Labour think tankers will know this isn't joined up thinking - but that misses the point. It can take 10-15 years for the effects of this bad policy to hit public consciousness.. And all a politician is concerned with is themselves, their lust for power and winning the next election - sod the future - another politician can clear up that mess.

Mandy Thomson

11:59 AM, 3rd May 2014, About 8 years ago

Reply to the comment left by "Glenn Ackroyd" at "03/05/2014 - 11:43":

I see where you're coming from, Glenn, but a mass withdrawal of landlords from the BTL market is surely likely to result in a concurrent mass withdrawal of available specialised finance products - mortgages, insurance etc vital to BTL landlords, and those that remain becoming more expensive and harder to obtain.

In addition, the tenant market would reduce, as there would be more property available to buy, resulting in lower house prices. Those that couldn't afford to buy would must likely end up renting rooms, or buying jointly with friends or family.

Chris Hunt

17:57 PM, 3rd May 2014, About 8 years ago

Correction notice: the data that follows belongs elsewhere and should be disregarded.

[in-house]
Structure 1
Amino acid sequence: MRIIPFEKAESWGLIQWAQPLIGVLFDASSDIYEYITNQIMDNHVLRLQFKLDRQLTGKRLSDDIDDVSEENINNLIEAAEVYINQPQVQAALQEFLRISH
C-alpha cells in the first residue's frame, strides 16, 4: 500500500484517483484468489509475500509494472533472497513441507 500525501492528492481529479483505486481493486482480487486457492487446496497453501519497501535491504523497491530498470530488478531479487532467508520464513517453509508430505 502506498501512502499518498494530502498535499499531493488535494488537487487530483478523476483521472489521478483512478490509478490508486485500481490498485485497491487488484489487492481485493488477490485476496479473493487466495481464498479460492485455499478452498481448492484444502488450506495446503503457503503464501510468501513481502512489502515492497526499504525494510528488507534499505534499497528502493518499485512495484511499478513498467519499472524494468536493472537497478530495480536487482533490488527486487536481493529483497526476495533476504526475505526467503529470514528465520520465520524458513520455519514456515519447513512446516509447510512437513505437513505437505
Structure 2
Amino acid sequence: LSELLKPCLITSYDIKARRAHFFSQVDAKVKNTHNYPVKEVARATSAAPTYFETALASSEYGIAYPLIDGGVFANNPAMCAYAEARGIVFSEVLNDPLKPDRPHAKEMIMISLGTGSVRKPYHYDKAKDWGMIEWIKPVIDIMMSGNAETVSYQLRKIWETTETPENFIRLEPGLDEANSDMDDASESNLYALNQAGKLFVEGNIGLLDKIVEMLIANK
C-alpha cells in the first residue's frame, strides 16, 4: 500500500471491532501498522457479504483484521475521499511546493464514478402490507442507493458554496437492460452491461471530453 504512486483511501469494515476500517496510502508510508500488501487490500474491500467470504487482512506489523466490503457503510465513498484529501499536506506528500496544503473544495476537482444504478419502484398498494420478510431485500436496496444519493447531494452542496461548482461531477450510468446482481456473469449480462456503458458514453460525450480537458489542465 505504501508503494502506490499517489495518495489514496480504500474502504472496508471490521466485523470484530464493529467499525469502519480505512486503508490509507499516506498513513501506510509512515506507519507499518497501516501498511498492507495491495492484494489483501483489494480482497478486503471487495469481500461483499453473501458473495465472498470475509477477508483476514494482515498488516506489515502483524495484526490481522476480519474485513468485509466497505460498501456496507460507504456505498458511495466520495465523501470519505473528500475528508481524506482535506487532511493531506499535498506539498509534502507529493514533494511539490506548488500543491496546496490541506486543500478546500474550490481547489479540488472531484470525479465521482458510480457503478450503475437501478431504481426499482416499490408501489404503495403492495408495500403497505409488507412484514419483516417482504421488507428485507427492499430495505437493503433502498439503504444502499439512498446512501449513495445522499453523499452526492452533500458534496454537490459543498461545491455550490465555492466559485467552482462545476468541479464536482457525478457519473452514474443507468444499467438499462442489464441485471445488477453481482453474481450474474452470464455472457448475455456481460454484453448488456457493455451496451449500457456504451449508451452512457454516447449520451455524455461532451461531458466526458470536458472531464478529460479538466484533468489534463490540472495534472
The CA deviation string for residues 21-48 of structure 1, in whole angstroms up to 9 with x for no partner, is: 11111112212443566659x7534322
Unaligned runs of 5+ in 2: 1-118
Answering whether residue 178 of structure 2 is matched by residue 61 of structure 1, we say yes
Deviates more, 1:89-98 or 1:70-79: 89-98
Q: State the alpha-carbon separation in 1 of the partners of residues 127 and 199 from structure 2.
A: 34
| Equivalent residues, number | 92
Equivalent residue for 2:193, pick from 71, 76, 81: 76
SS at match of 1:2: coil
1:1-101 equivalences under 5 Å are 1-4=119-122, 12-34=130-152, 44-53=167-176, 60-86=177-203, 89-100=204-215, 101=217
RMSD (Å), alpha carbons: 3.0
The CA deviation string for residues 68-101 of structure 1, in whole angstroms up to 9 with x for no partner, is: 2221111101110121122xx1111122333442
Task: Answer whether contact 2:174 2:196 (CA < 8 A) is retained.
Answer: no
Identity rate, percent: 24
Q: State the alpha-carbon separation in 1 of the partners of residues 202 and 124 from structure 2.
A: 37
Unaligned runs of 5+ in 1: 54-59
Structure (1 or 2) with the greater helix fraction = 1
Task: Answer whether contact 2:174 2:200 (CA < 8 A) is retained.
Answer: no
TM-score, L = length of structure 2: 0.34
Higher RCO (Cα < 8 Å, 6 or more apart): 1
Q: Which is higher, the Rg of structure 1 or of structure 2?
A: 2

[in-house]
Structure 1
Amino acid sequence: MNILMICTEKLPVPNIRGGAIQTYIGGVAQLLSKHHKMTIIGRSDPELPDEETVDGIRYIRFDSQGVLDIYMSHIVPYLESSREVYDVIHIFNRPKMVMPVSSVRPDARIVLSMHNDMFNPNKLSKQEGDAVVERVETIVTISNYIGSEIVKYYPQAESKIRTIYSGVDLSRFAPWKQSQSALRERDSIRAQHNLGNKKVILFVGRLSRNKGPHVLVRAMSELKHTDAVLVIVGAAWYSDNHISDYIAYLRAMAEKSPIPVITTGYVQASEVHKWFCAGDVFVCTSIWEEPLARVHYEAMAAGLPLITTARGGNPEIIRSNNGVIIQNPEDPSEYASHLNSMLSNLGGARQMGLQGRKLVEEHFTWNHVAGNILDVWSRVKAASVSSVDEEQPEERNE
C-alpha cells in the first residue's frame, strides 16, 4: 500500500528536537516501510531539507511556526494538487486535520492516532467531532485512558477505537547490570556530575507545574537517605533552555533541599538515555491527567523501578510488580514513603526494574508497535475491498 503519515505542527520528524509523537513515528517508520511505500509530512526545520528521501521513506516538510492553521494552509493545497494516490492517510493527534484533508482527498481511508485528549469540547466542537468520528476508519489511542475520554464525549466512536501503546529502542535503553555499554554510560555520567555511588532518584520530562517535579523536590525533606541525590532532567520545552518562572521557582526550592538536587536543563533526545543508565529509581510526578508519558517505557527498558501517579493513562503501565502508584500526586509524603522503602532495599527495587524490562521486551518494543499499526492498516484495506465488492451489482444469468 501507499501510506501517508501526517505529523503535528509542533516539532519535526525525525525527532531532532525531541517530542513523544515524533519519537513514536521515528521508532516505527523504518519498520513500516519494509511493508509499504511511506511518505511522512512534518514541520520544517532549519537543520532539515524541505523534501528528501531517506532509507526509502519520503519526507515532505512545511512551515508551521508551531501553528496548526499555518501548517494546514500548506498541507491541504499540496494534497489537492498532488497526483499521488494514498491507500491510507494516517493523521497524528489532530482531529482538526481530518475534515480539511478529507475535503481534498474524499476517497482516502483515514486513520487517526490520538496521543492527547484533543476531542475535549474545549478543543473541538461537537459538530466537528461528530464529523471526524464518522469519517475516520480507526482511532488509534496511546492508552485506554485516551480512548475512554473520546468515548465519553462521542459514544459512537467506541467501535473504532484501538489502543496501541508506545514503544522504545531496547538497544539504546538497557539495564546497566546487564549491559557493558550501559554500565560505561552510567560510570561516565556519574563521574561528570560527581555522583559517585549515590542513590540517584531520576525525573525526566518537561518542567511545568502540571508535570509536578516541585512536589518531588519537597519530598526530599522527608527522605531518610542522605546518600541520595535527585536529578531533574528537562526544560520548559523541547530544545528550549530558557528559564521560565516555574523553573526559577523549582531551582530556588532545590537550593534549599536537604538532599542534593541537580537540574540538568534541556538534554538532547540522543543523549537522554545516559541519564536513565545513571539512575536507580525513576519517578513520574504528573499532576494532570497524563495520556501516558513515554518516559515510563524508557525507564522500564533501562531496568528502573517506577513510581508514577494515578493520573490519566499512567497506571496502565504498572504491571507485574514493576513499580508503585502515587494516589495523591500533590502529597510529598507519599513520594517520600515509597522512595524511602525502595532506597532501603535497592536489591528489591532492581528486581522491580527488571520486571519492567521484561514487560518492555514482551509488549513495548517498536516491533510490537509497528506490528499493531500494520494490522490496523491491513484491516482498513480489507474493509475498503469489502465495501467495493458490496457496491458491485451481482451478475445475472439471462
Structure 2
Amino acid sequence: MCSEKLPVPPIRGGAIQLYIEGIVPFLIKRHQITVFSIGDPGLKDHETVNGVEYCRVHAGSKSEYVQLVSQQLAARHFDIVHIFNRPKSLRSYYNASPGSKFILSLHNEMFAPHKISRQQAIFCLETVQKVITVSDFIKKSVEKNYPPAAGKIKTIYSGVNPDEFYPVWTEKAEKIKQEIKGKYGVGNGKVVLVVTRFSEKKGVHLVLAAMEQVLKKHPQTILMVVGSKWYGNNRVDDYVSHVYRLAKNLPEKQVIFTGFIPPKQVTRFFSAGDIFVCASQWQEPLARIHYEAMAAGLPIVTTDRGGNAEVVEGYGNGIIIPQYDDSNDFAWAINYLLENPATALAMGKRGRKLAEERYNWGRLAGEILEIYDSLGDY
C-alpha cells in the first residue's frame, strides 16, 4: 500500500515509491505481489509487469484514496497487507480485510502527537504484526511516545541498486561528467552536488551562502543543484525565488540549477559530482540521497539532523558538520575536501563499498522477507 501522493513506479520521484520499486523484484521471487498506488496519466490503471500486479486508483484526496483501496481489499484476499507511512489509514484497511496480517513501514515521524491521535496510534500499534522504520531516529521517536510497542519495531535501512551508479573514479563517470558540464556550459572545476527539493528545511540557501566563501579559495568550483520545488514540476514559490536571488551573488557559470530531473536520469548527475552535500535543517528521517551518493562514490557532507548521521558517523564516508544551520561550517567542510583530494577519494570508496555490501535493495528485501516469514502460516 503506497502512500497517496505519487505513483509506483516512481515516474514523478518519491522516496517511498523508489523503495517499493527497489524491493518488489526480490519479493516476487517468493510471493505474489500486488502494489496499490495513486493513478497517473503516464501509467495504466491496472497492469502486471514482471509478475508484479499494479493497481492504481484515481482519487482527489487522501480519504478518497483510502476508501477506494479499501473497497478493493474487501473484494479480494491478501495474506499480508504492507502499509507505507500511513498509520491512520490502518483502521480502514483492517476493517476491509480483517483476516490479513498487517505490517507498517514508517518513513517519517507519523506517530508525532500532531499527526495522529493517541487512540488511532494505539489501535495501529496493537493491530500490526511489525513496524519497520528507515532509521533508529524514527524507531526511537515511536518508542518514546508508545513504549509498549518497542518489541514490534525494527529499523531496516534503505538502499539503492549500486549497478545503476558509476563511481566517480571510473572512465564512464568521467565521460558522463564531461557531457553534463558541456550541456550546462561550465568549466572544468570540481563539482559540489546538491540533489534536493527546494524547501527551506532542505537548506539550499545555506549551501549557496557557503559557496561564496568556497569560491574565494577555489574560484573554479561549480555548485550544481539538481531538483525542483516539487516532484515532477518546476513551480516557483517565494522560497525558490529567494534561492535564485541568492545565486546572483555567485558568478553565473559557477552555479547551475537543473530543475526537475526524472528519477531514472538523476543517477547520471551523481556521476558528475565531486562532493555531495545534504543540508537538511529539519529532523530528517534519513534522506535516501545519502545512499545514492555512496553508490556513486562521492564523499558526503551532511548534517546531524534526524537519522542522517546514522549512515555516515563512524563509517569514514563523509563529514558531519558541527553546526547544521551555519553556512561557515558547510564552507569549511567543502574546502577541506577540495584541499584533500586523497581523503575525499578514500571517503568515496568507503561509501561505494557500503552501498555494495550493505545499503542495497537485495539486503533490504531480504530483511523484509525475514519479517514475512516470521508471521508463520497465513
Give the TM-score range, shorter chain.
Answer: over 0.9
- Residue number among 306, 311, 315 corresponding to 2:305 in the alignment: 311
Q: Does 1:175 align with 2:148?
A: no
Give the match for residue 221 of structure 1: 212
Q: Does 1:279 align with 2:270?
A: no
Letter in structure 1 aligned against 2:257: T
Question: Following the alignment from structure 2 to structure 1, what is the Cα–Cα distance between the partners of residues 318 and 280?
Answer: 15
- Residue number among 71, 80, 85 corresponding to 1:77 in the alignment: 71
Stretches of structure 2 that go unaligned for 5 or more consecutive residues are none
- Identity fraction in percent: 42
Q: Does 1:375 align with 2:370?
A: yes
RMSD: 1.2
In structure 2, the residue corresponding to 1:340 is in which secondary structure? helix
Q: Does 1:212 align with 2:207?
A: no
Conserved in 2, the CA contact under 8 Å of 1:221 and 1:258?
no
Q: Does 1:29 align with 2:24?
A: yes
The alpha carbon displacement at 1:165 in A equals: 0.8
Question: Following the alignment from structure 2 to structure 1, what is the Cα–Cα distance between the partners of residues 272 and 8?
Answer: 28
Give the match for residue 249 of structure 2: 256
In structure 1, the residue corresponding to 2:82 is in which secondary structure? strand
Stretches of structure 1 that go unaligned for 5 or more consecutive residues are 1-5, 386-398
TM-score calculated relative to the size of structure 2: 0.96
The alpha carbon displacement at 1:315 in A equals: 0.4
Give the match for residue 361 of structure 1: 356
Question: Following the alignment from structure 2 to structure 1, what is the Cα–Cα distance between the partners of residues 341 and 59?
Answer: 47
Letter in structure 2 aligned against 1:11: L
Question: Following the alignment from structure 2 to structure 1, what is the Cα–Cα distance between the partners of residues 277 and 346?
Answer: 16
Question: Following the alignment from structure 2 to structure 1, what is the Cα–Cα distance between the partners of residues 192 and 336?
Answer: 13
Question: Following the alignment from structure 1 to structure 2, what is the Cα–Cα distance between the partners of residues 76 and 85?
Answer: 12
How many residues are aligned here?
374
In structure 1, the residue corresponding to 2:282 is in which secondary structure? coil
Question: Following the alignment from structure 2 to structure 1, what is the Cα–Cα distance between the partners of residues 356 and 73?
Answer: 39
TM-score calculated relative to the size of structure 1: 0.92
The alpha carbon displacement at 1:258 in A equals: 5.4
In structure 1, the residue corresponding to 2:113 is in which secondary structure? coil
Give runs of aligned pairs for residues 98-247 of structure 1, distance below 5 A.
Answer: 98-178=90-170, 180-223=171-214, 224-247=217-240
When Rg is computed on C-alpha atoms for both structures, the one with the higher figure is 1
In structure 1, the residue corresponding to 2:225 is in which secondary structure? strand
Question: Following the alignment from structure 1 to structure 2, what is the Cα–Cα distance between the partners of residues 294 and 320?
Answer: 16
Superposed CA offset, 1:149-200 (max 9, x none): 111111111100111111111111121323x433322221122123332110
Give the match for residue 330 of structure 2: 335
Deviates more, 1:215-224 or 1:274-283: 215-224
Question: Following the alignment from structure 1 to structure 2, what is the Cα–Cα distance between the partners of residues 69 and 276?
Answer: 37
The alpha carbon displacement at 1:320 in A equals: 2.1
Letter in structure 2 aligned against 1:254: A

As is the case now, it will be very difficult to get tenants out in the fixed term if they are trouble. Thus three years of trouble instead of just six months.

Samantha Alderman

9:18 AM, 4th May 2014, About 8 years ago

If the rationale behind Ed Milliband's 3 year fixed term tenancy agreements is to prevent unfair rent increases, then surely it's better to legislate for a maximum yearly rent increase allowed in the tenancy agreement? I think some tenancy agreements provide this safeguard anyway?


11:40 AM, 4th May 2014, About 8 years ago

Reply to the comment left by "Glenn Ackroyd" at "03/05/2014 - 11:43":

Of course the zealots on HousePriceCrash will say that if BTL landlords are forced to leave the market due to rent controls, this is excellent news because it increases the supply of property for sale and will cause house prices to fall. They see a strict one-for-one equivalence between landlords and a young person who is unable to buy due to inflated prices, so if the rental supply drops, the purchase supply will rise, and there's no overall loss to the market.

Yvette Newbury

22:02 PM, 4th May 2014, About 8 years ago